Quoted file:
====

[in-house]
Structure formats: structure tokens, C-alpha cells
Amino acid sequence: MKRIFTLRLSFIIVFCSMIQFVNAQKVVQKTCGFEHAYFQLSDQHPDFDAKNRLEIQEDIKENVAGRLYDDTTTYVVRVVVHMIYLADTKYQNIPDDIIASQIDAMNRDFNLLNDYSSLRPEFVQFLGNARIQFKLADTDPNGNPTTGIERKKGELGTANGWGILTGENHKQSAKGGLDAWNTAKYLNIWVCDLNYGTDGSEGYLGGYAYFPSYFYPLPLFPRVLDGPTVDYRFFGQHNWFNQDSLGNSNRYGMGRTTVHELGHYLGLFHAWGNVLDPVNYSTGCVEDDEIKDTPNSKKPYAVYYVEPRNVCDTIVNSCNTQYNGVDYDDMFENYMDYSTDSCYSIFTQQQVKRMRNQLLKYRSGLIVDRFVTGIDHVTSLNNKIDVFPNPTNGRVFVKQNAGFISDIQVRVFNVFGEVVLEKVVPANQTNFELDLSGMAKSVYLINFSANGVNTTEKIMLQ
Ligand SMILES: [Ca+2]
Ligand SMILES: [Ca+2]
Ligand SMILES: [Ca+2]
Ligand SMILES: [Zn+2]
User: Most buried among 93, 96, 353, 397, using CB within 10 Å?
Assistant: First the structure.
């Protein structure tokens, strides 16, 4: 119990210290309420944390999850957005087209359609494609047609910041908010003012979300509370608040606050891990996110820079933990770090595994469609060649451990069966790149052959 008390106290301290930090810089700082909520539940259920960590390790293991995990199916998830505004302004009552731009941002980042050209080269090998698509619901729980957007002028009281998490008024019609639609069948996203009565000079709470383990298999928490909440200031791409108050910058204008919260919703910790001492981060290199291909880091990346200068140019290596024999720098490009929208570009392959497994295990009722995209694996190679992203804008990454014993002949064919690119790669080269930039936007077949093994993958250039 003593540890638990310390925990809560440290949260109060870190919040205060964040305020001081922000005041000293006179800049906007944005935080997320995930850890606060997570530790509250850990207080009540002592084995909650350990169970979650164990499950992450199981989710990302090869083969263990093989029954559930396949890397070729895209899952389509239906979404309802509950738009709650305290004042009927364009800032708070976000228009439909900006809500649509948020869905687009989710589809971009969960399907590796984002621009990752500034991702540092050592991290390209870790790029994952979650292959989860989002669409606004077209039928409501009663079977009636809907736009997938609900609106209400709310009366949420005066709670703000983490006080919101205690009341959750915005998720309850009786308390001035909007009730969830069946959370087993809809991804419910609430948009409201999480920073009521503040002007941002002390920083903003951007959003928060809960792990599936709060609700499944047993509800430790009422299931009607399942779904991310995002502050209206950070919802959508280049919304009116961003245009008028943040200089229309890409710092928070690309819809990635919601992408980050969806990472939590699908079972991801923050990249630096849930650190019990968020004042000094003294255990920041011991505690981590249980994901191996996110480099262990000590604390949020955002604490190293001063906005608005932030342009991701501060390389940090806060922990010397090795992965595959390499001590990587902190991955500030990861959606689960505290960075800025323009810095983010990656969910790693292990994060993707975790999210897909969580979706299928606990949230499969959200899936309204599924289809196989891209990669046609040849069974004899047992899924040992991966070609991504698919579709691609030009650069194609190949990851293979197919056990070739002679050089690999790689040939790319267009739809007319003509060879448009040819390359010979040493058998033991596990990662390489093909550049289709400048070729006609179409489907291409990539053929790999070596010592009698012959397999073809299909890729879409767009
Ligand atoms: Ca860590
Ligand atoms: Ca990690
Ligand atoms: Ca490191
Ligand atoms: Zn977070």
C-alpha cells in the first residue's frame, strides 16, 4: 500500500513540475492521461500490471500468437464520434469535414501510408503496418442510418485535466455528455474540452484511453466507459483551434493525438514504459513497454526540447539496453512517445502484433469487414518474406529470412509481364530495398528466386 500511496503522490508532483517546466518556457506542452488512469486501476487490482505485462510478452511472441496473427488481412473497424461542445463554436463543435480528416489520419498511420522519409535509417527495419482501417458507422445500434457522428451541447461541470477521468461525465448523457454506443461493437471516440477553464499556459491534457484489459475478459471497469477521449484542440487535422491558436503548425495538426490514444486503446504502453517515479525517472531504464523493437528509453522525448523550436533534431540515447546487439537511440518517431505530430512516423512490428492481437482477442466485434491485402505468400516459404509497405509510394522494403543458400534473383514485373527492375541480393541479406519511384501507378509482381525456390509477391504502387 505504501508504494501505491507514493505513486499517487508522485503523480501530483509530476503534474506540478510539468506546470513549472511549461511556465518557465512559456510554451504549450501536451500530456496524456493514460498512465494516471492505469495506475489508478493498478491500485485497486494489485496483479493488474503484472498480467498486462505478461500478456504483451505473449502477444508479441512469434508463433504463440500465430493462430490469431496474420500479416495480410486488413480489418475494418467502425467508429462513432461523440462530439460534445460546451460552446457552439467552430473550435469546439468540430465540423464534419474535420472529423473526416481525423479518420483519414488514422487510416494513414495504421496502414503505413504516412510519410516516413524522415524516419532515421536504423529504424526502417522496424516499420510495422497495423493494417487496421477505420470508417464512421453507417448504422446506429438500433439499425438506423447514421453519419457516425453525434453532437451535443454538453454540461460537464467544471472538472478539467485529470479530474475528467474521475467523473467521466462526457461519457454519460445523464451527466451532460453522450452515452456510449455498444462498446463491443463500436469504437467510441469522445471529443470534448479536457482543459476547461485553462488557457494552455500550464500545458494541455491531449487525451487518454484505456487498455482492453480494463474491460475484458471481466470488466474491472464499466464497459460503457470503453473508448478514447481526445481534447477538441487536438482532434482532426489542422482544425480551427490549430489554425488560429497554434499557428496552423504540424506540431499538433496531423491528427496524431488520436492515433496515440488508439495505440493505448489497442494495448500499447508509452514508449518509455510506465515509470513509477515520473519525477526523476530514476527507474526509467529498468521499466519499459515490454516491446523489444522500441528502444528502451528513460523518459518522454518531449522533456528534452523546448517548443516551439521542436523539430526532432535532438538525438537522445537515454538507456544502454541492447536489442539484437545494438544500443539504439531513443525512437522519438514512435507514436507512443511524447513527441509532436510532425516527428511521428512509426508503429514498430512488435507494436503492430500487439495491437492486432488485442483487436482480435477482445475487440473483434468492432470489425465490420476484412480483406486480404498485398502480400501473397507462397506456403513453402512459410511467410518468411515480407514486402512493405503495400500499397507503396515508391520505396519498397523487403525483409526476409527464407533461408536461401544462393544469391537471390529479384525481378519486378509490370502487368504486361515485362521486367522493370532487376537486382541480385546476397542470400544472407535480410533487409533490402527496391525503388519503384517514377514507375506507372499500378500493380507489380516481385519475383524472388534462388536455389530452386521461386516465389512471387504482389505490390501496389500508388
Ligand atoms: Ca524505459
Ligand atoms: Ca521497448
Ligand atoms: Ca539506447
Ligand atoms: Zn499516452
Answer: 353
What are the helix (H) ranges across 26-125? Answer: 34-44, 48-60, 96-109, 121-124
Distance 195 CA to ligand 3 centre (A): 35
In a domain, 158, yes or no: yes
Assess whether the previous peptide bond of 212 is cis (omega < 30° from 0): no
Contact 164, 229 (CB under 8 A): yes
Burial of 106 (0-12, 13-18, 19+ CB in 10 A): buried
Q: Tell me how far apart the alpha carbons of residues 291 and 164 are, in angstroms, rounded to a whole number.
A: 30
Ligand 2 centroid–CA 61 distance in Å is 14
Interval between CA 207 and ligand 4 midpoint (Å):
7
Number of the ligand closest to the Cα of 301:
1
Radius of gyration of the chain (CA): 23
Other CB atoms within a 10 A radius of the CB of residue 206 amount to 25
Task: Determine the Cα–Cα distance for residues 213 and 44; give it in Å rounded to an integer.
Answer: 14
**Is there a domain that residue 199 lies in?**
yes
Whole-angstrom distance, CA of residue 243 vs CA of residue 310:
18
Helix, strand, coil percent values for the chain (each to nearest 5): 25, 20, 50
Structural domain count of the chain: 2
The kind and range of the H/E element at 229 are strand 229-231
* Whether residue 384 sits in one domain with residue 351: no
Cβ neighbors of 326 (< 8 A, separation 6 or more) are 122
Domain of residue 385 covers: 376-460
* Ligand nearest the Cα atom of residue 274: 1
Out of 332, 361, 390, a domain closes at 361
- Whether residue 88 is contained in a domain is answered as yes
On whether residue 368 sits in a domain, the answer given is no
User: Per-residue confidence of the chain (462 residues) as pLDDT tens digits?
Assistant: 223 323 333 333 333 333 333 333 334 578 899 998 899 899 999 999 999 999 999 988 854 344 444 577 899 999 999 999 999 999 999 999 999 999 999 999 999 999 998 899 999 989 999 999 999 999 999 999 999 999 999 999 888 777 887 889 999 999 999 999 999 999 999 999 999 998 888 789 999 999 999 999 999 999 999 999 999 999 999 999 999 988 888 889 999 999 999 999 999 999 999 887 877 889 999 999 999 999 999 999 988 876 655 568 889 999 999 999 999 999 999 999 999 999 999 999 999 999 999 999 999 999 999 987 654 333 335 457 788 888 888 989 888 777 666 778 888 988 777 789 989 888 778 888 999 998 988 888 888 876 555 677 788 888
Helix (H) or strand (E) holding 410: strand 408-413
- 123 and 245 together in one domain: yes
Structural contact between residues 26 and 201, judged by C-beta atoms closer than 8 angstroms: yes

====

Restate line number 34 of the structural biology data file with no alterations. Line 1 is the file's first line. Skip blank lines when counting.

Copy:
Radius of gyration of the chain (CA): 23